Professor Tim Newburn

Professor Tim Newburn

Riots and Retribution


Tim Newburn is Professor of Criminology and Social Policy at the London School of Economics & Political Science, and is Official Historian of Criminal Justice. Prior to joining LSE, he was Director of the Public Policy Research Unit at Goldsmiths College from 1997, having previously worked at the Policy Studies Institute, the National Institute for Social Work, the Home Office and Leicester University. He is the author or editor of nearly 40 books, including: Permission and Regulation: Law and Morals in Post-war Britain (Routledge, 1991); The Future of Policng (with Morgan, Oxford University Press, 1997); Private Security and Public Policing (with Jones, Clarendon Press, 1998); Policy Transfer and Criminal Justice (with Jones, Open University Press, 2007); and, Criminology (2nd ed, Routledge, 2012). 

Tim Newburn was President of the British Society of Criminology (2005-08) and Director of the Mannheim Centre for Criminology at the LSE (2003-08) and was elected to the Academy of Learned Societies in the Social Sciences in 2005. His current work is dominated by two projects. First, the research and writing (with Professors Paul Rock and David Downes) of the Official History of Criminal Justice, a study commissioned by government and announced in parliament by the Prime Minister. The study, based on government records and interviews with key participants, focuses on criminal justice and penal policy (from policing, through courts, sentencing and prisons) from the late 1950s to the late 1990s.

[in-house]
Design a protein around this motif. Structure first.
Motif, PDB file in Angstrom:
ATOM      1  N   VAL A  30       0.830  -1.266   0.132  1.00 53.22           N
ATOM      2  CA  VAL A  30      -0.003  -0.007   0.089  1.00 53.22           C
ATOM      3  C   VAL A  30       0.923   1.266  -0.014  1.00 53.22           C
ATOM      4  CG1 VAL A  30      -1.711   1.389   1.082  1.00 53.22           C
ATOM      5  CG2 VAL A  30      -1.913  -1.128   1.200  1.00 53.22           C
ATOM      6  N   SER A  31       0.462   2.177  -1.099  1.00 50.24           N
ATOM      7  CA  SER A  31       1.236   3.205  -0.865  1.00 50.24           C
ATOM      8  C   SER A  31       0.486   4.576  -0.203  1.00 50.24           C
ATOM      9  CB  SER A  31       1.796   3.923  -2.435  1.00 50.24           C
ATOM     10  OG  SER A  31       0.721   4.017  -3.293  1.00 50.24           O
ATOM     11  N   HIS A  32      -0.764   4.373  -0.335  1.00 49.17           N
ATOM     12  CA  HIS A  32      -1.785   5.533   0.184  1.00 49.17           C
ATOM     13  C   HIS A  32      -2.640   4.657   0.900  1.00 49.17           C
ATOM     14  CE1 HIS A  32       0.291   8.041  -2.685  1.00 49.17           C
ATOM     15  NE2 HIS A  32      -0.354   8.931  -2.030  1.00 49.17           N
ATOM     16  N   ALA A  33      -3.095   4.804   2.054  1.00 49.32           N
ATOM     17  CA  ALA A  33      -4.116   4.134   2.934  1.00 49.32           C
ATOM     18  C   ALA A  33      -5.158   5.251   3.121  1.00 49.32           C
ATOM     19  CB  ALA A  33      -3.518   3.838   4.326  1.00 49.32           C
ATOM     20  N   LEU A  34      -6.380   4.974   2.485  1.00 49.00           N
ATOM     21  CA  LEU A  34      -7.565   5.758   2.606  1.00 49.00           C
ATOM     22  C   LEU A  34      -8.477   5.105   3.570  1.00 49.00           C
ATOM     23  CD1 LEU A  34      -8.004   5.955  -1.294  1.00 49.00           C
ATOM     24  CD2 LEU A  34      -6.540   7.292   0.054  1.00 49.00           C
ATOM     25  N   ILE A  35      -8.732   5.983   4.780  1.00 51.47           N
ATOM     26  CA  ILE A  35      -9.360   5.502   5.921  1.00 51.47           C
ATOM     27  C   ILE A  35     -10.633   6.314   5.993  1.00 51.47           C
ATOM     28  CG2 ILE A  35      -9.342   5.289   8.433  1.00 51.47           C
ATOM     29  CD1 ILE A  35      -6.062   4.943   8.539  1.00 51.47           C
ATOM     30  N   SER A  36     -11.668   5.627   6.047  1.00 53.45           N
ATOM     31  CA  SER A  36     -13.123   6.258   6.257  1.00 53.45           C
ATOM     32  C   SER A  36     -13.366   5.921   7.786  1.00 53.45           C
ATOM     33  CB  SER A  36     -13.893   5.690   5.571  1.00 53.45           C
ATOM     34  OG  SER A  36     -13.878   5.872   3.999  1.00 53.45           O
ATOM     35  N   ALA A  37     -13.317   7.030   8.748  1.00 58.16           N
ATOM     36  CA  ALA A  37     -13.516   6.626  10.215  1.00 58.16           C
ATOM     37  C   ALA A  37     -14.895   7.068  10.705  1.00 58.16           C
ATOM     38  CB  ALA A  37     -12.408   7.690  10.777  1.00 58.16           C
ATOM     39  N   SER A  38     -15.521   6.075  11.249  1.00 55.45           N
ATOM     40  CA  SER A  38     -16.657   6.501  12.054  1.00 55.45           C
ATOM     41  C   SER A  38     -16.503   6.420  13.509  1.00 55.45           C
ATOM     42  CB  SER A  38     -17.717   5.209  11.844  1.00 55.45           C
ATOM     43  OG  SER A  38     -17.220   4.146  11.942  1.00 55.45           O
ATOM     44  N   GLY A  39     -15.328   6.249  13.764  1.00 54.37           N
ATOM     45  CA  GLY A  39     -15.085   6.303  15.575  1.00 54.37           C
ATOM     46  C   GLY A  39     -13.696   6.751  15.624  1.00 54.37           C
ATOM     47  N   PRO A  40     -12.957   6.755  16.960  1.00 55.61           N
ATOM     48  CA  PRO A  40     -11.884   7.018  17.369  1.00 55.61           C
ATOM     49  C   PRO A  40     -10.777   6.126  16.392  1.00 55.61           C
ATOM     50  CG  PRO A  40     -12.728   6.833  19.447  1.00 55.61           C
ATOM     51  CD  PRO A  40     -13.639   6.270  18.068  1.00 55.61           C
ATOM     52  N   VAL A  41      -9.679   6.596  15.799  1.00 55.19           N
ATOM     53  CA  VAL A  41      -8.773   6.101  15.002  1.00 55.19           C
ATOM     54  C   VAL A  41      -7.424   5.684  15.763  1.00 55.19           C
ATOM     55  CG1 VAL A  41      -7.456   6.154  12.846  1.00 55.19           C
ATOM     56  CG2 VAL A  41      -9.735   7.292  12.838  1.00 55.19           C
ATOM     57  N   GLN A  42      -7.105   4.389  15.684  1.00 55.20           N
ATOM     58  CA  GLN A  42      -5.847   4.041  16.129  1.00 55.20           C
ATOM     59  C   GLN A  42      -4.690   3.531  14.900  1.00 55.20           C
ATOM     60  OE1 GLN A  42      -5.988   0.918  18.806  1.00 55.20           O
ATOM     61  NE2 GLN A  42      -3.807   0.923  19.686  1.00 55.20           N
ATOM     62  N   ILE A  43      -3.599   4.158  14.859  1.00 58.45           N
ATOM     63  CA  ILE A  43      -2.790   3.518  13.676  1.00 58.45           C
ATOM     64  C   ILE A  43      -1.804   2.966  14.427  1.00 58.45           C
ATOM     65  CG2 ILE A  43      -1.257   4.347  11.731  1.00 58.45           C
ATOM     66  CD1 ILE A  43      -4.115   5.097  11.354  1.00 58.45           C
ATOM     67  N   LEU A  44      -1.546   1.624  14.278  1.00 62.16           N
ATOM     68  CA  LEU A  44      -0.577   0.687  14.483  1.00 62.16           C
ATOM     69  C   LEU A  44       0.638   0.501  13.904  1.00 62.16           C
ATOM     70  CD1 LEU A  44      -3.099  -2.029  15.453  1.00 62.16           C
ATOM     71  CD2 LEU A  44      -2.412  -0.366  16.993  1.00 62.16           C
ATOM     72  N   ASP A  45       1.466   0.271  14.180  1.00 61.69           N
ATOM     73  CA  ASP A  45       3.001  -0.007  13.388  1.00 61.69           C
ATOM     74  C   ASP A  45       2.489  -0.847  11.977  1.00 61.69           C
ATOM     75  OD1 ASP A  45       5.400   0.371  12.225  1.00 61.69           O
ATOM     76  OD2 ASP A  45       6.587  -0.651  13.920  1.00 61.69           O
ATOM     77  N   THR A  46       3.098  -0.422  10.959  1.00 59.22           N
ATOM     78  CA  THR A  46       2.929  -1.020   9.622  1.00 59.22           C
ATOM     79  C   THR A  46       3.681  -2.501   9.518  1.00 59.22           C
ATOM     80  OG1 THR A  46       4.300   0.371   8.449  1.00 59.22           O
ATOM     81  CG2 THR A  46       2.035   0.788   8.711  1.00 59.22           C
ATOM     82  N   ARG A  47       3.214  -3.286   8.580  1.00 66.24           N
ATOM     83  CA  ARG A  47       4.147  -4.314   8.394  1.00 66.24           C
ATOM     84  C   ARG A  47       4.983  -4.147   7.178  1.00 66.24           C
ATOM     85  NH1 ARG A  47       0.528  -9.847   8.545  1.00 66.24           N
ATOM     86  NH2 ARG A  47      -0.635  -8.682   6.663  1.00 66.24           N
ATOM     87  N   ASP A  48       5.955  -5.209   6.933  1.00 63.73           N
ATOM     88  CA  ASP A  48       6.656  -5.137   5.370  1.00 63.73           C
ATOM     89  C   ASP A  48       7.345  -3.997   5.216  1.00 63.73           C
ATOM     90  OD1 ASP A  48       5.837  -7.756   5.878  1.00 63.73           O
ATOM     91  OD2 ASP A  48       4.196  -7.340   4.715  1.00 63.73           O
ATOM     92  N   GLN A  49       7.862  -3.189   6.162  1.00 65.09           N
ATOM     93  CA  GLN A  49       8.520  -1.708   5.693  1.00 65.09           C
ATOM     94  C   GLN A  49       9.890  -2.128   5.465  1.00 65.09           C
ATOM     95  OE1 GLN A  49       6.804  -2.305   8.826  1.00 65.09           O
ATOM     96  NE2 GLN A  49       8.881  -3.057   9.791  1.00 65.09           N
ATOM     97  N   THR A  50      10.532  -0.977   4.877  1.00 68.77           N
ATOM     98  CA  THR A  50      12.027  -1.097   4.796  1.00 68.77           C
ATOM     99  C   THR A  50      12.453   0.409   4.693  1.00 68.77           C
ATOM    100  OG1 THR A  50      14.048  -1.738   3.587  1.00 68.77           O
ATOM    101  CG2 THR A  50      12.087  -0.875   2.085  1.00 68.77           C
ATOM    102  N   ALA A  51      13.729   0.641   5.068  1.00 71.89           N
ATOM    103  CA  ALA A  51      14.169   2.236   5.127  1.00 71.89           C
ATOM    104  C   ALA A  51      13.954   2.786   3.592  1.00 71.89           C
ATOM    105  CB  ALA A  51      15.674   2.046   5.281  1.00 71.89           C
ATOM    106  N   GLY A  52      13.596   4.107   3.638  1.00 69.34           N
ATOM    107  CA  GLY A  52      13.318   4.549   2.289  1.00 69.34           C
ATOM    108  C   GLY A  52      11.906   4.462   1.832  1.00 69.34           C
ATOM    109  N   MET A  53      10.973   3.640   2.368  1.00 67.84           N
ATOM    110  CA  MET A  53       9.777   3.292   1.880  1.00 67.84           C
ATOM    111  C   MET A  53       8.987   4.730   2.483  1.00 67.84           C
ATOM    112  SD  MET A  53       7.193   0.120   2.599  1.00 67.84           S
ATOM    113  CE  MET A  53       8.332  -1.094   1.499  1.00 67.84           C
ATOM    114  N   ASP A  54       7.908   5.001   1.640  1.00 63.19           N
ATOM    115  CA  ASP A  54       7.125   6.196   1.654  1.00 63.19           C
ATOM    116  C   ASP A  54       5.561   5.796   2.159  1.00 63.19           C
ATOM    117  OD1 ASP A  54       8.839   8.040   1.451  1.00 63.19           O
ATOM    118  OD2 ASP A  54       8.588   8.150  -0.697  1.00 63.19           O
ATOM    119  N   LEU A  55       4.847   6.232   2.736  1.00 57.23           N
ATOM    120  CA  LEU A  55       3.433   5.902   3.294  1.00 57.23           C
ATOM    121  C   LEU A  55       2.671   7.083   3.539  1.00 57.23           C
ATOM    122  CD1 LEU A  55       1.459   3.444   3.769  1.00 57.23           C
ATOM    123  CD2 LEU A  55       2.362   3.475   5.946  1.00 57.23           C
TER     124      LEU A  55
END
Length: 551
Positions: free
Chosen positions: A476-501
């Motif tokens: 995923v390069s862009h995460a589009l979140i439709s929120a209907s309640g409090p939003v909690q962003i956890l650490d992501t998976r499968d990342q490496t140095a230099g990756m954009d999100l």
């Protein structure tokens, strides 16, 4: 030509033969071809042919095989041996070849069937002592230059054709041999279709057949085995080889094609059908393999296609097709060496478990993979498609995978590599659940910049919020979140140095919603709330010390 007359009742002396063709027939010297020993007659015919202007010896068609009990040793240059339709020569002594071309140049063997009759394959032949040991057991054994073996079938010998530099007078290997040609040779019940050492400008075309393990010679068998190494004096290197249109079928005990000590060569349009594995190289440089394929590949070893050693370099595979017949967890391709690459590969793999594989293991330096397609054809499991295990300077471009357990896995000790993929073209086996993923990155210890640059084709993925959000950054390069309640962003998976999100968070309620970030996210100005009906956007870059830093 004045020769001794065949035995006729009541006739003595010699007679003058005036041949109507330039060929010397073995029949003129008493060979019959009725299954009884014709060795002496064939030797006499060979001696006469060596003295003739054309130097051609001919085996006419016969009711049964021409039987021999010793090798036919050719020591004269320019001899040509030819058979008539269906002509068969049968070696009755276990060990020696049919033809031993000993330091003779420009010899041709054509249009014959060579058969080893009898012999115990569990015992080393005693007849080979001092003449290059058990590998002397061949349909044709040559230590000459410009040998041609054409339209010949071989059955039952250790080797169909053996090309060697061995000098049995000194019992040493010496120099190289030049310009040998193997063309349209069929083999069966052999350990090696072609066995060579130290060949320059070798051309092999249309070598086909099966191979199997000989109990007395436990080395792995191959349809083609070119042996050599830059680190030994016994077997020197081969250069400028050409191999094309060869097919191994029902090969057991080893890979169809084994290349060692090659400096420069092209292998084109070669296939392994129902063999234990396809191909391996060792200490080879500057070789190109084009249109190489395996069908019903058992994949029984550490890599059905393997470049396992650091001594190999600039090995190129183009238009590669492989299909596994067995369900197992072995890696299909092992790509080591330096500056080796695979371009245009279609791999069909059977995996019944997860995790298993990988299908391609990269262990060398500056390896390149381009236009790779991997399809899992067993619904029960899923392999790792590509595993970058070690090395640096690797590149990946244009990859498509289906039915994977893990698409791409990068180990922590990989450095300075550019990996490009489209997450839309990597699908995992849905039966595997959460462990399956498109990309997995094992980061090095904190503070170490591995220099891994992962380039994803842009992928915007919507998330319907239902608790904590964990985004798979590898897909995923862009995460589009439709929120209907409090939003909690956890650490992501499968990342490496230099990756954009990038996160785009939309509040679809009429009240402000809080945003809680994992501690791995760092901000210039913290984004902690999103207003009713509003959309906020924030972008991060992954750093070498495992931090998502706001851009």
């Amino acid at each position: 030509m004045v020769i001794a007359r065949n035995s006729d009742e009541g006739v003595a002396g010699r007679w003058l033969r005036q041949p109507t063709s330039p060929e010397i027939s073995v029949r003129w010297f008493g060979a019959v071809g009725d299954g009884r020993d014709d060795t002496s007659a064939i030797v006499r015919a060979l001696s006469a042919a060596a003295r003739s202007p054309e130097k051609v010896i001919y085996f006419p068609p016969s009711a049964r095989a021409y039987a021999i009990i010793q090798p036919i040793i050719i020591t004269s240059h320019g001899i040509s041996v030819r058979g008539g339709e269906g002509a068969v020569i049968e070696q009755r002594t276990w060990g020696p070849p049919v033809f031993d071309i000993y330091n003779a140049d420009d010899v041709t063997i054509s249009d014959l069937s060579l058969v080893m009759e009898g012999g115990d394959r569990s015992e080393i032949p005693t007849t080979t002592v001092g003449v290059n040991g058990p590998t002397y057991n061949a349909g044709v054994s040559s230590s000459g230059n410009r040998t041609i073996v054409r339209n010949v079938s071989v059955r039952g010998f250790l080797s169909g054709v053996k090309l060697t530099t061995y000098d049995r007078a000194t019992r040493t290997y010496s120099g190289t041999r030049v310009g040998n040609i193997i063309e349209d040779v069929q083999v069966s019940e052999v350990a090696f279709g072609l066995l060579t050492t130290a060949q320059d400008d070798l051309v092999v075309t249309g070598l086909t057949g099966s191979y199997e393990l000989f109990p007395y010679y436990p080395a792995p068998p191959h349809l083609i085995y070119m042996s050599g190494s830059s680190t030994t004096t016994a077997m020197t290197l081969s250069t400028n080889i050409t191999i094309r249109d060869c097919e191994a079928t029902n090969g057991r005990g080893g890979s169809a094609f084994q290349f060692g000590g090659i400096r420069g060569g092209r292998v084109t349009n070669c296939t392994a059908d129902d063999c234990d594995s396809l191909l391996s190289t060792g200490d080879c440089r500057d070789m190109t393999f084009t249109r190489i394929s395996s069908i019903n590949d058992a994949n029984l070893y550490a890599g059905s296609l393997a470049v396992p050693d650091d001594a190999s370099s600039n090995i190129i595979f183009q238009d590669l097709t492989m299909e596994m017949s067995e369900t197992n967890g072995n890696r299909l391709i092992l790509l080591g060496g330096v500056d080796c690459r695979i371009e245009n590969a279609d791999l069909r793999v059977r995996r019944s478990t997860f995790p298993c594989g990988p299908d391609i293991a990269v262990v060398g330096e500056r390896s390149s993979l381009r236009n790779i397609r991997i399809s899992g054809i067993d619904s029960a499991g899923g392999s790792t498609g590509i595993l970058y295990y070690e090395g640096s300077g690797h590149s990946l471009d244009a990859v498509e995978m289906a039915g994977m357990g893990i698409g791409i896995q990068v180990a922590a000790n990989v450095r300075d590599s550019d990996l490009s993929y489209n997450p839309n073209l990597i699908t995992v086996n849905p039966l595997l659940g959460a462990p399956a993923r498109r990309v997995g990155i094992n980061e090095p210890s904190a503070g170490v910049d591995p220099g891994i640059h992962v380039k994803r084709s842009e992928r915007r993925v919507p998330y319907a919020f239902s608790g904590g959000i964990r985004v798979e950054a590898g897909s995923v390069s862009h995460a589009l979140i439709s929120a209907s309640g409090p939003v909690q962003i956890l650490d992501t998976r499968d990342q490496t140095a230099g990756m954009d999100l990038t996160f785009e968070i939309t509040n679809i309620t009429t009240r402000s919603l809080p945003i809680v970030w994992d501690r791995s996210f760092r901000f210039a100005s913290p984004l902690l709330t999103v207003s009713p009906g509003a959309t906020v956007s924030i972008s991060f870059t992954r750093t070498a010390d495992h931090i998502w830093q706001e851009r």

Second, together with Paul Lewis of the Guardian newspaper, Tim is writing a book based on their collaborative project, Reading the Riots. The study was a unique collaboration between a news organization and a university, established in the immediate aftermath of the 2011 English riots. Conducted at huge speed, and published entirely via the newspaper and film and television, the project was shortlisted for the Times Higher Education’s ‘Research Project of the Year’ prize and won the ‘Innovation of the Year’ prize at the European Press Awards, both in 2012. 



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